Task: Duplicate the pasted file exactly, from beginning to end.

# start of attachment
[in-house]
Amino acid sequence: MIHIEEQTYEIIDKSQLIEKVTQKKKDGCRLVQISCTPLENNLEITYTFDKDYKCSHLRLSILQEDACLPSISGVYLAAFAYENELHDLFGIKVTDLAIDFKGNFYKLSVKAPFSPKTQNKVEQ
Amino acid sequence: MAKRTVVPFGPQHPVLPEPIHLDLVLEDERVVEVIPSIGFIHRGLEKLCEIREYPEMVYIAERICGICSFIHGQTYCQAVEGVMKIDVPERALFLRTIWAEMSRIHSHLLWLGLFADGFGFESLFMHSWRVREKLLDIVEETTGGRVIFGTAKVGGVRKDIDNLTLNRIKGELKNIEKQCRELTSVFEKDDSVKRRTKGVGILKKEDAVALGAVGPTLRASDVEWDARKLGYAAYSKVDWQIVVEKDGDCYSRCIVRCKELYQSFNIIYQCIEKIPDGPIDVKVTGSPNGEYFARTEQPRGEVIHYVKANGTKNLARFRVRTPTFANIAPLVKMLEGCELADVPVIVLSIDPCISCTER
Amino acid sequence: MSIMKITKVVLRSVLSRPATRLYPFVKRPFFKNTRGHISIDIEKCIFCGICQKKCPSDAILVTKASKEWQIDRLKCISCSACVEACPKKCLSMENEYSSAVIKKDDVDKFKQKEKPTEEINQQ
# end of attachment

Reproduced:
[in-house]
Amino acid sequence: MIHIEEQTYEIIDKSQLIEKVTQKKKDGCRLVQISCTPLENNLEITYTFDKDYKCSHLRLSILQEDACLPSISGVYLAAFAYENELHDLFGIKVTDLAIDFKGNFYKLSVKAPFSPKTQNKVEQ
Amino acid sequence: MAKRTVVPFGPQHPVLPEPIHLDLVLEDERVVEVIPSIGFIHRGLEKLCEIREYPEMVYIAERICGICSFIHGQTYCQAVEGVMKIDVPERALFLRTIWAEMSRIHSHLLWLGLFADGFGFESLFMHSWRVREKLLDIVEETTGGRVIFGTAKVGGVRKDIDNLTLNRIKGELKNIEKQCRELTSVFEKDDSVKRRTKGVGILKKEDAVALGAVGPTLRASDVEWDARKLGYAAYSKVDWQIVVEKDGDCYSRCIVRCKELYQSFNIIYQCIEKIPDGPIDVKVTGSPNGEYFARTEQPRGEVIHYVKANGTKNLARFRVRTPTFANIAPLVKMLEGCELADVPVIVLSIDPCISCTER
Amino acid sequence: MSIMKITKVVLRSVLSRPATRLYPFVKRPFFKNTRGHISIDIEKCIFCGICQKKCPSDAILVTKASKEWQIDRLKCISCSACVEACPKKCLSMENEYSSAVIKKDDVDKFKQKEKPTEEINQQ